WATCHING WAS WASTEFUL, he thought, counterintuitive. Kevin Garnett loathed it. He'd spit at anyone who implored him to embrace it, even as his balky knee howled for a respite. Watching, to Garnett, implied vulnerability. It undercut his contention that he could go harder, longer, better than these fledglings who thought they knew it all.
Garnett actually knew. Greatness -- the pursuit of it -- was slippery, elusive, dependent on myriad variables, like health, conditioning, team chemistry, luck. But some components shouldn't be left to chance, and preparation was one of them. "Kevin had this belief that if you were the leader, you couldn't miss one snap of practice," says Doc Rivers, who coached Garnett in Boston from 2007 to 2013. "But I had this belief that you are 30-whatever and I need you for the whole season."
And so in February 2009 the coach sat down his future Hall of Famer. Not to skip a game. Rivers just wanted him to miss a practice.
"Coach, you don't understand," Garnett seethed. "If I'm sitting, they will see weakness."
Relegated to the practice-facility sideline, pacing, growling and cursing to himself, Garnett pulled up suddenly, an idea churning, a maniacal grin creasing his face. He unleashed a howl; his teammates glanced in his direction. They knew something was about to happen.
This was, after all, the superstar who had once dropped to all fours and barked at Portland rookie point guard Jerryd Bayless; whose pregame ritual was a violent head-banging assault of, and concurrent conversation with, the basketball stanchion; who would years later express his umbrage at Dwight Howard's post play by drilling him with an impromptu head-butt in the first quarter of a 2015 regular-season game against Houston.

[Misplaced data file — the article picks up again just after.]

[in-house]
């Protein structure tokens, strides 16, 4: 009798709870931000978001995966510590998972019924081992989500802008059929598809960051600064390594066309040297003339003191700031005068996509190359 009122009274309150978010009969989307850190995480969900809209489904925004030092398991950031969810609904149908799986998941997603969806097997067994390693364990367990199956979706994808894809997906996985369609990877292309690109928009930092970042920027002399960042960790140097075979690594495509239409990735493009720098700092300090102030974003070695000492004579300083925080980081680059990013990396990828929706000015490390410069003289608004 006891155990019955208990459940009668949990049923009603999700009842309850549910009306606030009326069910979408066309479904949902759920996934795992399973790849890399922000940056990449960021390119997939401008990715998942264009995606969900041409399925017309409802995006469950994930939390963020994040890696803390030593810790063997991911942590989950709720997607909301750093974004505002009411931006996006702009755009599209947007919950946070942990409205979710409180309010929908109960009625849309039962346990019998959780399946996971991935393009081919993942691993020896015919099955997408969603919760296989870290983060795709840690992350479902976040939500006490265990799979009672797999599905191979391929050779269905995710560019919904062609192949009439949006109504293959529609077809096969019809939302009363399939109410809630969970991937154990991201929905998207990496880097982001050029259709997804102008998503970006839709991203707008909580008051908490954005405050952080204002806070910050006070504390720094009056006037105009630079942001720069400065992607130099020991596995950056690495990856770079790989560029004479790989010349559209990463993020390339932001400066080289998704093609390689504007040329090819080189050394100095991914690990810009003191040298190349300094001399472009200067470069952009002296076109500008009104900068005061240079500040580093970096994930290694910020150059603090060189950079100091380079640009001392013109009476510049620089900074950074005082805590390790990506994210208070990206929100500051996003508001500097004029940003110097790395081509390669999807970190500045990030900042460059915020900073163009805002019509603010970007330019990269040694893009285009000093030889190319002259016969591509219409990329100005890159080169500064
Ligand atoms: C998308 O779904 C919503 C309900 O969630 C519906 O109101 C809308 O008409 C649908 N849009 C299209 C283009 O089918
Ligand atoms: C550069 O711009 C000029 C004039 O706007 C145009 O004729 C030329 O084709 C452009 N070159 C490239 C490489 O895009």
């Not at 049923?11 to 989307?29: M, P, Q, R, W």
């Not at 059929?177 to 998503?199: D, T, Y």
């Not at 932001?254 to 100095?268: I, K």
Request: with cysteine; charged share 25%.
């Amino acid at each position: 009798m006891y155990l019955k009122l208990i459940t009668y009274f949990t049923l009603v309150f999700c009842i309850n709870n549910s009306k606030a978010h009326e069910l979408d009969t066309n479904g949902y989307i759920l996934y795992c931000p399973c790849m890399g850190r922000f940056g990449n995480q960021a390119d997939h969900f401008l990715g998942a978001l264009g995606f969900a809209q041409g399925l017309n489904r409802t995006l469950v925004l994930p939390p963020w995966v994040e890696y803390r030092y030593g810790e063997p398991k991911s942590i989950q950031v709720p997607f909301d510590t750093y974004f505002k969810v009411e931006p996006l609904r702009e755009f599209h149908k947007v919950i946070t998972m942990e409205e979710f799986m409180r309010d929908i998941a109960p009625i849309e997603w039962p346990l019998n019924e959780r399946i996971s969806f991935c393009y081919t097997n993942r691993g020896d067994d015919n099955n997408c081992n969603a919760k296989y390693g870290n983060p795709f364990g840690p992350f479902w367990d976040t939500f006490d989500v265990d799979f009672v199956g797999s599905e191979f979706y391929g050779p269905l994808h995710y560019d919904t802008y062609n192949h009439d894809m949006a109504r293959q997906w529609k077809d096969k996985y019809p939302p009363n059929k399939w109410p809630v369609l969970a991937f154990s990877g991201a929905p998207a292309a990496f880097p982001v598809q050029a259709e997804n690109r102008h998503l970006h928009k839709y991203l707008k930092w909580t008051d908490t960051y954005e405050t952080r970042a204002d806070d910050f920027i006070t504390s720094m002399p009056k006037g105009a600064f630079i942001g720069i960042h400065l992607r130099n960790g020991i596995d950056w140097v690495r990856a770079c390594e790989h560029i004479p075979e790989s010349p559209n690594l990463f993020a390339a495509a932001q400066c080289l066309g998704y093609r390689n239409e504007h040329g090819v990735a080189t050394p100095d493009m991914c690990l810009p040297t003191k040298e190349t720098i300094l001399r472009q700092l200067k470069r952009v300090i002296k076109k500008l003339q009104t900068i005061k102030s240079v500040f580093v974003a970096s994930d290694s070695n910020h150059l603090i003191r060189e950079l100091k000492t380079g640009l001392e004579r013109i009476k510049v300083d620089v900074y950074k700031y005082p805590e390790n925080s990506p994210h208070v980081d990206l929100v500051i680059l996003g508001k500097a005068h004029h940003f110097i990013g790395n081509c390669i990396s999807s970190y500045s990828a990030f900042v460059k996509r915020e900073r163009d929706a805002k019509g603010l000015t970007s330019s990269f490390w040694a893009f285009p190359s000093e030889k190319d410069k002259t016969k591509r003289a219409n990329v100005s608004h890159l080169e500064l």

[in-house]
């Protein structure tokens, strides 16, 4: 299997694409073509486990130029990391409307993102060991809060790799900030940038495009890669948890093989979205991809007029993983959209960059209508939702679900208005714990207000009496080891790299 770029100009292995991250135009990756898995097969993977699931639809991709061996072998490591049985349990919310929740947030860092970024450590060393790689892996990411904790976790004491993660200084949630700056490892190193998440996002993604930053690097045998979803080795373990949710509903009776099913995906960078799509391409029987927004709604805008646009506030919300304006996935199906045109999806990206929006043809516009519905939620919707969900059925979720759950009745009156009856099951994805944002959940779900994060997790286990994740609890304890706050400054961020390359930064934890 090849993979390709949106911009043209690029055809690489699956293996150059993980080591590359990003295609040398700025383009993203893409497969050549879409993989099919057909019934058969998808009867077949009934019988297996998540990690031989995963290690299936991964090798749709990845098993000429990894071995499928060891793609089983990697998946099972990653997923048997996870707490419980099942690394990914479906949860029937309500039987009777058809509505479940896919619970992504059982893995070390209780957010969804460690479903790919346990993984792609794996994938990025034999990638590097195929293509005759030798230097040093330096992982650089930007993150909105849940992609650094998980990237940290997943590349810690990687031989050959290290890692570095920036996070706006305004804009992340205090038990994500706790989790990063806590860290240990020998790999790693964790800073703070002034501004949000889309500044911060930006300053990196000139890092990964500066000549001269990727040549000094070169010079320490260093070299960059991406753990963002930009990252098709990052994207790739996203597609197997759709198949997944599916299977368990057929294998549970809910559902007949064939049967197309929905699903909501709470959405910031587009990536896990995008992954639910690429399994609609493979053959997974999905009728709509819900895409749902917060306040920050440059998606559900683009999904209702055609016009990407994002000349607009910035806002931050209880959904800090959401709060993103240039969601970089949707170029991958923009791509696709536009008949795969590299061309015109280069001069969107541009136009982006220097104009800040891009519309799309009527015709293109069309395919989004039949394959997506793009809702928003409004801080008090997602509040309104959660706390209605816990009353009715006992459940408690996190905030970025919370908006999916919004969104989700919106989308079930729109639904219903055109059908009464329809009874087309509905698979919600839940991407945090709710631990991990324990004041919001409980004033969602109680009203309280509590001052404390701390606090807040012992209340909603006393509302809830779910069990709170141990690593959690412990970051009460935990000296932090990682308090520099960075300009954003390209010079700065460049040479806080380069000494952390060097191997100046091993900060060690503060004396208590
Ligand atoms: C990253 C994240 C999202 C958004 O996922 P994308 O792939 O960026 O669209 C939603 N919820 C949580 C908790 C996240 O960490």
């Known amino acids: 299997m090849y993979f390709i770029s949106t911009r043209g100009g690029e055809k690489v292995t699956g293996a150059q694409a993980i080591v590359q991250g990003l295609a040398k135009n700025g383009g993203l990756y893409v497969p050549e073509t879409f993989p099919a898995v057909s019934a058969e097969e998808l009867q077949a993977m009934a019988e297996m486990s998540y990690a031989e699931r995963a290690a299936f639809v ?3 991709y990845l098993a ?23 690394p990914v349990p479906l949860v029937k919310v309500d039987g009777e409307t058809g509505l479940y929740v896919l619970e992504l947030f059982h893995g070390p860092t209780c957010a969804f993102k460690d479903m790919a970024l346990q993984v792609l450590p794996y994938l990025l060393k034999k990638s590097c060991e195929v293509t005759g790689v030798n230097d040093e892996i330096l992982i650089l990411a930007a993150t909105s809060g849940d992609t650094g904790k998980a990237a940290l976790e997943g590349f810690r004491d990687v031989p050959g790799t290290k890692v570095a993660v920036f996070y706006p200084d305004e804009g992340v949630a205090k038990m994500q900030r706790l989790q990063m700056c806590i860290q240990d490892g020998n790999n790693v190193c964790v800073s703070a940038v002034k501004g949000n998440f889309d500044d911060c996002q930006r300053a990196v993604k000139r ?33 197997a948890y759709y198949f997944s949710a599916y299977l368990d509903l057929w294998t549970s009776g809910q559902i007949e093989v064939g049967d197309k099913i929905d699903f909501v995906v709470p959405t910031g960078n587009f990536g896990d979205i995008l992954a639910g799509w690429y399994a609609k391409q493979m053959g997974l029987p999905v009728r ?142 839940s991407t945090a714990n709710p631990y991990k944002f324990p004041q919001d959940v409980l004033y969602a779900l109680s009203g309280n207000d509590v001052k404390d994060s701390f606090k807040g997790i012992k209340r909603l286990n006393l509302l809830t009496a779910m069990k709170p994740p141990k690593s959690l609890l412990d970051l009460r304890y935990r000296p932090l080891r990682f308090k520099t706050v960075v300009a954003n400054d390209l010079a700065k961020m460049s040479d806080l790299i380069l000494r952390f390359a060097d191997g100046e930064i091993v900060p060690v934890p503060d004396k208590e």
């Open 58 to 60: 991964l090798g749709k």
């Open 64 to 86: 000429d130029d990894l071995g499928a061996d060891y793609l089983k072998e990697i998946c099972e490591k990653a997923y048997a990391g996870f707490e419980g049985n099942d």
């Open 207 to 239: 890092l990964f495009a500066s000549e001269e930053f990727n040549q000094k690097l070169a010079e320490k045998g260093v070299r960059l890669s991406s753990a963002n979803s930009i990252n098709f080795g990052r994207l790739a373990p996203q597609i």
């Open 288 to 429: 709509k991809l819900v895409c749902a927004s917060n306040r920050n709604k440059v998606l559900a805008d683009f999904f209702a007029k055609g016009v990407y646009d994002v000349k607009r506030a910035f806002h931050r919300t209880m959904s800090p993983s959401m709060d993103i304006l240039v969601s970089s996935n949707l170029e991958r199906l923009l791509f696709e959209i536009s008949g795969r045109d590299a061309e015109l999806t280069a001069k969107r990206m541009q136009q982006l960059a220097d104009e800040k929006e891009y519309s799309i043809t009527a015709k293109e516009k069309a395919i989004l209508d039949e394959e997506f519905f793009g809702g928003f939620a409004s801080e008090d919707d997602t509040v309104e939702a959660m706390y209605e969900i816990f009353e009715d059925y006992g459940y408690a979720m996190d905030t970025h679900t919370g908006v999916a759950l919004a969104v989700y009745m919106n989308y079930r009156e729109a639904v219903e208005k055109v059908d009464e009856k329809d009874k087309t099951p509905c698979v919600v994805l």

Garnett, forbidden to take the floor by his own coach, had concocted his revenge: He would track the movements of power forward Leon Powe, the player who had replaced him in the lineup. As Powe pivoted, so did Garnett. As Powe leaped to grab a defensive rebound, Garnett launched himself to corral an imaginary ball. As Powe snapped an outlet pass, Garnett mimicked the motion, then sprinted up his slim sliver of sideline real estate as Powe filled the lane on the break. The players were mirror images: one on the court with a full complement of teammates, the other out of bounds, alone. Two men engaged in a bizarre basketball tango.
"KG," Rivers barked, "if you keep doing this, I'm canceling practice for the whole team. That will hurt us."
Garnett's reverence for coaches was legendary, but still he turned his back on Rivers. He returned to his defensive stance, an isotope of intensity, crouched, palms outstretched, in complete concert with Powe. He was, in fact, becoming so adept at this warped dalliance he'd invented, he actually began to anticipate Powe's movements, denying the entry pass to his invisible opponent before Powe thought of it.
Finally, an exasperated Rivers blew the whistle. "Go home," Rivers instructed his team. Then he glared at Garnett. "I hope you're happy."
Garnett was far from happy. He was, at best, resolute. He'd told his teammates countless times that there was no such thing as a day off. Why couldn't Doc understand that the most effective way for him to lead was to show his teammates how it's done? "Let's work!" he screamed to his departing teammates, pounding his chest. "Let's work!"
Powe and the others wandered off, mystified.
"'What is he doing?' That's what we were saying," Powe recalls today. "And at that point you start wondering, Is KG maybe a little crazy after all?"
INSIDE A HIGH school gymnasium in Santa Barbara, California, Jahlil Okafor is staring at a basketball hoop. A banner hangs along a wall with Mark 9:23 emblazoned on it: EVERYTHING IS POSSIBLE FOR THOSE WHO BELIEVE. Today, Okafor wants others to believe in him.
The 19-year-old, 6-foot-11 former college standout has his hands on his head, sweat soaking his T-shirt. He lines up on the left side of the foul line and palms a basketball in one of his massive hands. He takes a couple of long strides to the basket and slams the ball through, a thunderous rattle echoing off the walls. "There we go! There we go!" one of his agent's representatives encourages from the sideline. Okafor grabs another ball and slams that one home too.